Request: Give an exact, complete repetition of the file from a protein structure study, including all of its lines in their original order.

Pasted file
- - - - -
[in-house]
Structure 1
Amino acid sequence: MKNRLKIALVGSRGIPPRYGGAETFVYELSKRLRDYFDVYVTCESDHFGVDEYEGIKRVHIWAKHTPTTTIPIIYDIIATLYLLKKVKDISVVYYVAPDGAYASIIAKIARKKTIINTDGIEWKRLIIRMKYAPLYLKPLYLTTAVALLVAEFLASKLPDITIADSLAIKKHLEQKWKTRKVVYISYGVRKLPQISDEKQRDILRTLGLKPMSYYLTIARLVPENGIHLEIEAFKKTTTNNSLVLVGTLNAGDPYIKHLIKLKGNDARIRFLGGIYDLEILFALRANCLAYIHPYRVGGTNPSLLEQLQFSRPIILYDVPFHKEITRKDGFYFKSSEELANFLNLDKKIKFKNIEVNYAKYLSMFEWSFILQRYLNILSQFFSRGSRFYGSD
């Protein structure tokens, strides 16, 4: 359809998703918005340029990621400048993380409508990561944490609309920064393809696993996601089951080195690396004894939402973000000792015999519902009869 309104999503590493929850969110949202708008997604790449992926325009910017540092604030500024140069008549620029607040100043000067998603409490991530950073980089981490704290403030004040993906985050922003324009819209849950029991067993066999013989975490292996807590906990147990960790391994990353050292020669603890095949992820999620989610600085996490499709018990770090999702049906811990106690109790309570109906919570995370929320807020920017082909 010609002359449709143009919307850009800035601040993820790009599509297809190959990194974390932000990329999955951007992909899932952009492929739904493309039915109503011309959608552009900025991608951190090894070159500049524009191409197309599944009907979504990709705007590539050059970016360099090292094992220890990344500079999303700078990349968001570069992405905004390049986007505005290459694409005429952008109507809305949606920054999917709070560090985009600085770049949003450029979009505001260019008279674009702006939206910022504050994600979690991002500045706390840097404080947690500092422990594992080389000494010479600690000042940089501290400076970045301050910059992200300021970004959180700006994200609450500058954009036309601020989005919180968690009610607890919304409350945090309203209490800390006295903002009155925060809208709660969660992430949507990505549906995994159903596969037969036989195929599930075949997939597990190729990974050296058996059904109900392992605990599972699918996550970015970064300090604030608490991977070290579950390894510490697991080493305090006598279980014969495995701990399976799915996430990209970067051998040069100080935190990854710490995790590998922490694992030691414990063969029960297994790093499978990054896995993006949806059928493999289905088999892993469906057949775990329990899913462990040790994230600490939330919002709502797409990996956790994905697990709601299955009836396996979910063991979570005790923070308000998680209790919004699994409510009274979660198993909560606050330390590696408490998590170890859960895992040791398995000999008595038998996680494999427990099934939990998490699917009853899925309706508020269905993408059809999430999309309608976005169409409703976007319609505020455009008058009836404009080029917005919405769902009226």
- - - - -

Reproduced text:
[in-house]
Structure 1
Amino acid sequence: MKNRLKIALVGSRGIPPRYGGAETFVYELSKRLRDYFDVYVTCESDHFGVDEYEGIKRVHIWAKHTPTTTIPIIYDIIATLYLLKKVKDISVVYYVAPDGAYASIIAKIARKKTIINTDGIEWKRLIIRMKYAPLYLKPLYLTTAVALLVAEFLASKLPDITIADSLAIKKHLEQKWKTRKVVYISYGVRKLPQISDEKQRDILRTLGLKPMSYYLTIARLVPENGIHLEIEAFKKTTTNNSLVLVGTLNAGDPYIKHLIKLKGNDARIRFLGGIYDLEILFALRANCLAYIHPYRVGGTNPSLLEQLQFSRPIILYDVPFHKEITRKDGFYFKSSEELANFLNLDKKIKFKNIEVNYAKYLSMFEWSFILQRYLNILSQFFSRGSRFYGSD
């Protein structure tokens, strides 16, 4: 359809998703918005340029990621400048993380409508990561944490609309920064393809696993996601089951080195690396004894939402973000000792015999519902009869 309104999503590493929850969110949202708008997604790449992926325009910017540092604030500024140069008549620029607040100043000067998603409490991530950073980089981490704290403030004040993906985050922003324009819209849950029991067993066999013989975490292996807590906990147990960790391994990353050292020669603890095949992820999620989610600085996490499709018990770090999702049906811990106690109790309570109906919570995370929320807020920017082909 010609002359449709143009919307850009800035601040993820790009599509297809190959990194974390932000990329999955951007992909899932952009492929739904493309039915109503011309959608552009900025991608951190090894070159500049524009191409197309599944009907979504990709705007590539050059970016360099090292094992220890990344500079999303700078990349968001570069992405905004390049986007505005290459694409005429952008109507809305949606920054999917709070560090985009600085770049949003450029979009505001260019008279674009702006939206910022504050994600979690991002500045706390840097404080947690500092422990594992080389000494010479600690000042940089501290400076970045301050910059992200300021970004959180700006994200609450500058954009036309601020989005919180968690009610607890919304409350945090309203209490800390006295903002009155925060809208709660969660992430949507990505549906995994159903596969037969036989195929599930075949997939597990190729990974050296058996059904109900392992605990599972699918996550970015970064300090604030608490991977070290579950390894510490697991080493305090006598279980014969495995701990399976799915996430990209970067051998040069100080935190990854710490995790590998922490694992030691414990063969029960297994790093499978990054896995993006949806059928493999289905088999892993469906057949775990329990899913462990040790994230600490939330919002709502797409990996956790994905697990709601299955009836396996979910063991979570005790923070308000998680209790919004699994409510009274979660198993909560606050330390590696408490998590170890859960895992040791398995000999008595038998996680494999427990099934939990998490699917009853899925309706508020269905993408059809999430999309309608976005169409409703976007319609505020455009008058009836404009080029917005919405769902009226």